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Thirty days ago, Greg and I launched our fundraising page and decided to raise $19,340 for the Kidney Foundation, a modest amount of money as far as some fundraisers go, but a number that represented the 19,340′ elevation of Kilimanjaro. Over the past two weeks, we’ve hosted two events, one that involved me climbing 19,000 steps on a stair master (counting towards our 24 hour climb of 38,680 steps), and am currently in the middle of a 3 day, 30 mile hike. These painful and exhausting events have raised a total of $700. While hiking today with Cade, I pictured any number of lame “celebrities” that I put in quotes because many are famous for being famous. Take any of the Atlanta or Beverly Hills Housewives, or pick a Kardashian. I imagined them having an emergency situation, like, maybe their Yorki-Poo got squished on Madison Avenue. I wondered to myself how long it would take to raise $20,000 by one of those “famous” people…20 million for that matter. With one Twitter post, the money would roll in. Why do we do that? It seems like people are so willing to give attention and even money if necessary, in the hopes of maybe being pulled up to the next socioeconomic level. People in the middle or lower classes seem to have lost their voice. And on the rare occasion when one of us “normal” people lucks into something big, how often do we forget about those we left behind? People are just too damn busy with crap that won’t matter in 50 years. How much better could live be if we gave as much of ourselves to our homeless vets, neighbors who receive a devastating disease diagnosis, or just childhood friends trying to make it to a steady place in life?  We might as well be trying to raise $19 million dollars! My son said to me today, “I think it would be easier to get someone to give a kidney than to give up their money,” and that’s just what we’re gonna do next. Forget the cash. We want a kidney!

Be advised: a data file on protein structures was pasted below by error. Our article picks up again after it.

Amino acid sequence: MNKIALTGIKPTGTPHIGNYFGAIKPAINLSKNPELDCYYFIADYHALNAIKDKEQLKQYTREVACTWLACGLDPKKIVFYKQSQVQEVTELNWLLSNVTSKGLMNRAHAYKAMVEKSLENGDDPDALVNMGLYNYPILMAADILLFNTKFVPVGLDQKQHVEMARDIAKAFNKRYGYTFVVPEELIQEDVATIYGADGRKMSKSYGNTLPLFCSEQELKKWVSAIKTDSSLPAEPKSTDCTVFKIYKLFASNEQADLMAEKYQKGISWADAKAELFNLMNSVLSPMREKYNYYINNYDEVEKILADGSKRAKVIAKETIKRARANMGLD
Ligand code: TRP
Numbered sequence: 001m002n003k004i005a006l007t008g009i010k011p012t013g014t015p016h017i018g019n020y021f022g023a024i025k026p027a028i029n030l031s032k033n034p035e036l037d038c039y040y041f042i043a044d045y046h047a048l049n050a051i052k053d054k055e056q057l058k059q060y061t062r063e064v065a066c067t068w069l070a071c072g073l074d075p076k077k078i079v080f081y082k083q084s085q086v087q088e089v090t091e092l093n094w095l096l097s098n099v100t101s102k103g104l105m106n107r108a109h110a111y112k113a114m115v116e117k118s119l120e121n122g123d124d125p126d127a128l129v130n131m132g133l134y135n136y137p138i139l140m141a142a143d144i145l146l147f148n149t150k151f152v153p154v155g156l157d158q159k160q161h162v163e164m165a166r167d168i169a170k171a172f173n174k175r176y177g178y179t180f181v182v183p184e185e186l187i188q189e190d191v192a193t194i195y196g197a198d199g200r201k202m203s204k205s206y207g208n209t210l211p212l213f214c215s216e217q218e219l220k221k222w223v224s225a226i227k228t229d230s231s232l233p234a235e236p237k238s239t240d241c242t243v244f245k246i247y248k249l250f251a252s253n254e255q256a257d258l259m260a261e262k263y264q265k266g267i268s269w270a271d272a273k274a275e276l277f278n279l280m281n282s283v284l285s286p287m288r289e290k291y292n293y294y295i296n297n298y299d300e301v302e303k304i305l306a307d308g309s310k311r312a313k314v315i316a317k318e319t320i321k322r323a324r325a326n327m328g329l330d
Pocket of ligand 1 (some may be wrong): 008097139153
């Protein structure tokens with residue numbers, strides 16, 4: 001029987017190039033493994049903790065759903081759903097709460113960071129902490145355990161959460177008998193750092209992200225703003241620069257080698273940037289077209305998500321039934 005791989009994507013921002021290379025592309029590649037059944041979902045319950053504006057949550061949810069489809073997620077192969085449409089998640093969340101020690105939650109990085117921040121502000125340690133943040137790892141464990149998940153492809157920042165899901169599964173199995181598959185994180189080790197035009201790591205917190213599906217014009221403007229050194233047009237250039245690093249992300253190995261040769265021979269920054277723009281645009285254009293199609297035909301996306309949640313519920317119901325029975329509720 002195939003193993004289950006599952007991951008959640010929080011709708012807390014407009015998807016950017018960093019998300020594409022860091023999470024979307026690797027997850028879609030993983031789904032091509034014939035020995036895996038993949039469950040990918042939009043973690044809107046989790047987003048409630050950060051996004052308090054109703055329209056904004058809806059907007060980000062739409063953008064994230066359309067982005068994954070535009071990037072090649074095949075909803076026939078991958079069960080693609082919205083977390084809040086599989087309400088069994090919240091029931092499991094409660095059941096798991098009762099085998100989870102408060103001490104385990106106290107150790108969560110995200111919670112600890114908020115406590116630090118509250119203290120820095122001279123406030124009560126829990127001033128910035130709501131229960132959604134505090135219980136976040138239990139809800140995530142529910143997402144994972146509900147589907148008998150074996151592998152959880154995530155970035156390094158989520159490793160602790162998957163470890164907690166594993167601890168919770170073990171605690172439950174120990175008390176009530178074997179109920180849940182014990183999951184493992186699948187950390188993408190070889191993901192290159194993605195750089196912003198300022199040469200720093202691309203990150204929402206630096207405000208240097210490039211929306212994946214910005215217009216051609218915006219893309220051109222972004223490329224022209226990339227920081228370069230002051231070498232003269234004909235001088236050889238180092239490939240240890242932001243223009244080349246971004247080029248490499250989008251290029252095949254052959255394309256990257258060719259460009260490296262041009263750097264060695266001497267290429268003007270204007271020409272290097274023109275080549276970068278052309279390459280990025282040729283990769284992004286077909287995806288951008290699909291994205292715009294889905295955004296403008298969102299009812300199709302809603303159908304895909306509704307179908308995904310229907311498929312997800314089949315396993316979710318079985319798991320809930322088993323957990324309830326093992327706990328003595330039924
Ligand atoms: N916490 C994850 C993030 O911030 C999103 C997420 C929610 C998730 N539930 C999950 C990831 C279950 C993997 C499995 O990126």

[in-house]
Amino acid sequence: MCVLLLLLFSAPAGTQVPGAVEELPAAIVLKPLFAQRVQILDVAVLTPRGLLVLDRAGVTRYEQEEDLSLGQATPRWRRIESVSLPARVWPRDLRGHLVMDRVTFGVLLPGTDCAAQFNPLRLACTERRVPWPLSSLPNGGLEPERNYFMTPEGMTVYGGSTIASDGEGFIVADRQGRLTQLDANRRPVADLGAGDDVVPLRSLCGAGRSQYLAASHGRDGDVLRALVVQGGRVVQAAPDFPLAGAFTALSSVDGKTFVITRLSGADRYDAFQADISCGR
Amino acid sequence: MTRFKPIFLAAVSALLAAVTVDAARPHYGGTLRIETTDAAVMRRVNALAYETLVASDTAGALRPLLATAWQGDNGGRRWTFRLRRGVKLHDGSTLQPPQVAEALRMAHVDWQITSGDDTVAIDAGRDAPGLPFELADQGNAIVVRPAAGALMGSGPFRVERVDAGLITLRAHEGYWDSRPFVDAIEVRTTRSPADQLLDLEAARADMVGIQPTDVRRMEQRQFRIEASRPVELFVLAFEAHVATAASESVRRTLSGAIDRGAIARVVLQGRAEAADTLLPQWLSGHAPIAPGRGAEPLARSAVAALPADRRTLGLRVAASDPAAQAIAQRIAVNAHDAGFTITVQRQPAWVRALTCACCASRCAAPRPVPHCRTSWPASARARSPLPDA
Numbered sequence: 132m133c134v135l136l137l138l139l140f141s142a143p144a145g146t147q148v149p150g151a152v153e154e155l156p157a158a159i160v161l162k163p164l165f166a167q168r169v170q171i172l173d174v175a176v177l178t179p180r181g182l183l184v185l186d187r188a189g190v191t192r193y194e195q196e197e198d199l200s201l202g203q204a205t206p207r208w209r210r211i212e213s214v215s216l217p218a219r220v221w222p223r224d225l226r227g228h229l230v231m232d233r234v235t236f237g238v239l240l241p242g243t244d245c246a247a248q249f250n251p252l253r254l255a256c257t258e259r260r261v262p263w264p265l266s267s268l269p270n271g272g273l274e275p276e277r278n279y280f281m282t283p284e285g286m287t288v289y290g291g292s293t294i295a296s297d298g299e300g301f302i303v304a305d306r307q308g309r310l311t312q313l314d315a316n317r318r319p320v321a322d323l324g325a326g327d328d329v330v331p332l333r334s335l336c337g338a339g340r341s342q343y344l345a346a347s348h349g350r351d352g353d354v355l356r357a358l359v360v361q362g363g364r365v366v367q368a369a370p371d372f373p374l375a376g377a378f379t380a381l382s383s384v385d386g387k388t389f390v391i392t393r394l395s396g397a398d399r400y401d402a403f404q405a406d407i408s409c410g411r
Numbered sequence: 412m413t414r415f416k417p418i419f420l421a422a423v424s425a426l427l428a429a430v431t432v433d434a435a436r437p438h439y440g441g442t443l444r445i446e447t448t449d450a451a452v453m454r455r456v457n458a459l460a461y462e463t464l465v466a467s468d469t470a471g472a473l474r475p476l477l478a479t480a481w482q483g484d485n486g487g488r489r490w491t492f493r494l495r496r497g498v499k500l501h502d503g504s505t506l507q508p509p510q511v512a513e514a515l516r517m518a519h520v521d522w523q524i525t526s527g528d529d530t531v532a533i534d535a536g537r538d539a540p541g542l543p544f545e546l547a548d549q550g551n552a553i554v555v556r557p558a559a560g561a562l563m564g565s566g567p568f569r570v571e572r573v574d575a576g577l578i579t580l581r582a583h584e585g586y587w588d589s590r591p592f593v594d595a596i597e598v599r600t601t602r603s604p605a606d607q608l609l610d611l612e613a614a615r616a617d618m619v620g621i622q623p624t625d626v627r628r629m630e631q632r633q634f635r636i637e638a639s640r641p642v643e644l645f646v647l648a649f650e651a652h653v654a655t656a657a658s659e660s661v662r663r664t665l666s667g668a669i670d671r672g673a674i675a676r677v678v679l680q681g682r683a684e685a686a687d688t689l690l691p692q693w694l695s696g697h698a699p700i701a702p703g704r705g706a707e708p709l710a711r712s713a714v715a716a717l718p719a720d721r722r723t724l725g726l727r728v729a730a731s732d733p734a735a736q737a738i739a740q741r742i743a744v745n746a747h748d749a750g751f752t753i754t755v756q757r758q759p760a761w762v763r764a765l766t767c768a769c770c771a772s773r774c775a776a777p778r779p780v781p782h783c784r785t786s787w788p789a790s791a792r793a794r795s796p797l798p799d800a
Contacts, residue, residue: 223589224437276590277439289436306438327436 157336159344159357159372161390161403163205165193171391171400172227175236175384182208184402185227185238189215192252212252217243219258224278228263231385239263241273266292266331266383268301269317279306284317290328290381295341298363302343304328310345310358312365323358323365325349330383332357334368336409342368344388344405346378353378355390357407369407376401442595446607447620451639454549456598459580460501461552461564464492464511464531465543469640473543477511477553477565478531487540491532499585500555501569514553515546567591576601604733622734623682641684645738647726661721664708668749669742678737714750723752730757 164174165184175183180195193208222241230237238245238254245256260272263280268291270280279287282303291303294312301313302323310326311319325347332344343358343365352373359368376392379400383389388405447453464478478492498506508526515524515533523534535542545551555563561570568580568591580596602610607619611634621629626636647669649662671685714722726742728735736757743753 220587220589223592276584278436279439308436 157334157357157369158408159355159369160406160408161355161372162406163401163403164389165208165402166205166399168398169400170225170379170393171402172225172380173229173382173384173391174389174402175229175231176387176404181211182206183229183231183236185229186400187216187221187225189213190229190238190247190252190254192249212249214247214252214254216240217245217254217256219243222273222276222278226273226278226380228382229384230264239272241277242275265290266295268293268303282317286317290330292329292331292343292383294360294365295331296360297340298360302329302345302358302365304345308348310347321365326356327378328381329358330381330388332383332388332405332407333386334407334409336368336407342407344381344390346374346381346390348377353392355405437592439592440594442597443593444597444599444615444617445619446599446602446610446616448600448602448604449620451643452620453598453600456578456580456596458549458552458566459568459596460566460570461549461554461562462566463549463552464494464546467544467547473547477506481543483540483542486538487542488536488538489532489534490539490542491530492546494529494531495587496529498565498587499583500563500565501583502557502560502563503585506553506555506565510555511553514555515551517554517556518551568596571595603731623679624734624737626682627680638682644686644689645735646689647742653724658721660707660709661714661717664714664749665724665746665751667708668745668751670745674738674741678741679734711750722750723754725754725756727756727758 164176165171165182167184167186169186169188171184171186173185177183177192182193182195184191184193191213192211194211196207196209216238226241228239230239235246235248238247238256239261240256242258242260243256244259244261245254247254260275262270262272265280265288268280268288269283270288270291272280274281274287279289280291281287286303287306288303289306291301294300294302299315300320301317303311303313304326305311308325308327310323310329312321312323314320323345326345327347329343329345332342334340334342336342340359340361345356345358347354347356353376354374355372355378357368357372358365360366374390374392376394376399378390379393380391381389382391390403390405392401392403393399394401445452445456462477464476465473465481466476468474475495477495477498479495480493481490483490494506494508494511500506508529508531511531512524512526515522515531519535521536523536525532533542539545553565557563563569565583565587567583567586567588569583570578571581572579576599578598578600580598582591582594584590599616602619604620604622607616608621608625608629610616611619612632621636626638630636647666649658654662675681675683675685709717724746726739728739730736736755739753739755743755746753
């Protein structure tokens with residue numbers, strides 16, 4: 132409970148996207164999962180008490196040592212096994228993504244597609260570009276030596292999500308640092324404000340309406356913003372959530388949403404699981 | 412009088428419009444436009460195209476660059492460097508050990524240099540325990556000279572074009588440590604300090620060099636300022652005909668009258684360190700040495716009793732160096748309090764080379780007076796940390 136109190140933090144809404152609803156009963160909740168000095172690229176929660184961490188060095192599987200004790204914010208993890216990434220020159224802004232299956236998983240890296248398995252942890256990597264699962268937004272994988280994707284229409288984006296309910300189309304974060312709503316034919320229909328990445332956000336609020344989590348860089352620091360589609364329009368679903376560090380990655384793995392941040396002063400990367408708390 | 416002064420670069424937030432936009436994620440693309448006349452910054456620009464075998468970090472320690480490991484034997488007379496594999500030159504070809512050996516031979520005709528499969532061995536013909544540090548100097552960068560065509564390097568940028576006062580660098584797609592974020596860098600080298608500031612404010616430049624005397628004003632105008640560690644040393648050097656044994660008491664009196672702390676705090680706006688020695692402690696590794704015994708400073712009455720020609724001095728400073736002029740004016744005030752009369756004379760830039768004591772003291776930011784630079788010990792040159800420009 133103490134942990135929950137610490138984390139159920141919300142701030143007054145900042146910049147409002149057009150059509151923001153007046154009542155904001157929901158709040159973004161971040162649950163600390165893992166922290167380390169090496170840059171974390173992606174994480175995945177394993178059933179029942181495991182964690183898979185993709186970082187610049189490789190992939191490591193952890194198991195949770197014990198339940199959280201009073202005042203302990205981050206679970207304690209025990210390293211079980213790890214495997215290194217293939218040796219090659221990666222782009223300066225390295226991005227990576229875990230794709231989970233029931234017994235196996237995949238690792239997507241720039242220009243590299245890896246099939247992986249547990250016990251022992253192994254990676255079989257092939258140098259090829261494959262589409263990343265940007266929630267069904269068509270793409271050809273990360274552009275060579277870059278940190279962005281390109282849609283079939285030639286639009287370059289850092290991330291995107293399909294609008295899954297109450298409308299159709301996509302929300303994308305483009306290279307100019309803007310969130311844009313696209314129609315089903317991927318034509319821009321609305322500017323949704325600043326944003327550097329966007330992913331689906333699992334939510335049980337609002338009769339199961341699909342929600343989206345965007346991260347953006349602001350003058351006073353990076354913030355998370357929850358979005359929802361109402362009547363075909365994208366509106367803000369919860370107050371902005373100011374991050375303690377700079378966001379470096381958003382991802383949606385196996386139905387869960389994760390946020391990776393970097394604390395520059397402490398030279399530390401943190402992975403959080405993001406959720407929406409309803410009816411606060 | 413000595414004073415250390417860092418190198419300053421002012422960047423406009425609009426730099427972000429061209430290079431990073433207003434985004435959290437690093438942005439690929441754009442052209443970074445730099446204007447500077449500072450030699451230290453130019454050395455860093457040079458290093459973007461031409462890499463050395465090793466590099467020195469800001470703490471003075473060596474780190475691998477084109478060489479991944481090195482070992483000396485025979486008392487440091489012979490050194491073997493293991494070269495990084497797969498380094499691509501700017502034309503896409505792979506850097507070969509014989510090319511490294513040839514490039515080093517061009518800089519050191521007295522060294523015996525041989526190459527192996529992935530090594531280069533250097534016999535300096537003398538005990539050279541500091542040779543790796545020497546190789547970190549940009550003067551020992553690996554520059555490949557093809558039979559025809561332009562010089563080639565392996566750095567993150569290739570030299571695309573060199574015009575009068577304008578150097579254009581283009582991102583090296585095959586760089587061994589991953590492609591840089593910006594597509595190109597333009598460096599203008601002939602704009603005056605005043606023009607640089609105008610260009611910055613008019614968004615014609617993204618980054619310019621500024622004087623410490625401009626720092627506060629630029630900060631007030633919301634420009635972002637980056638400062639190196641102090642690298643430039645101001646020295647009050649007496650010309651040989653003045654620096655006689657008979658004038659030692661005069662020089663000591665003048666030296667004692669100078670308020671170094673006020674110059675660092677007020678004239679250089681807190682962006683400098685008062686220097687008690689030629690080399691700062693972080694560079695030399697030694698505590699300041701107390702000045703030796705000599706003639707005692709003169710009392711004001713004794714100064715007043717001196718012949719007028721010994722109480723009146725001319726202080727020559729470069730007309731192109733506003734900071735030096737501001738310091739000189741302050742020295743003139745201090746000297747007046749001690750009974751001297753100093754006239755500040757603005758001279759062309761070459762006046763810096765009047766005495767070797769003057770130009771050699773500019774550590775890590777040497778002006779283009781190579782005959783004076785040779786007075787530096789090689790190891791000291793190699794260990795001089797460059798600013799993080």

Big Mountain Ahead!

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I hate blogs! I’m actually confused by them. Is it a personal diary that we write and then allow others to take a peak at? Is it a platform for social change or injustice? And who in the world would read a message about life from a guy who is such a small part of the world and uses the word “at” at the end of his sentences from time to time? As I sit here today, transferring the work and progress we’ve made in the TeamMountain movement to digital form, I type away, all the while wondering if any human will ever see this. I will return here, possibly in vain, to document our journey that so far has consisted of shopping and training. Our plane leaves for Tanzania in about 100 days. I cannot possibly imagine what lies ahead, but I will return frequently to share in hopes that someone out there who is struggling with their own “mountains” will possibly see that we want to climb with you; for you. We know the average person doesn’t have a voice and feels lost at times. Our pledge is to take on a challenge in honor of those of you who conquer the greatest of challenges that death, disease, misfortune and the daily challenges of life bring. Let’s climb.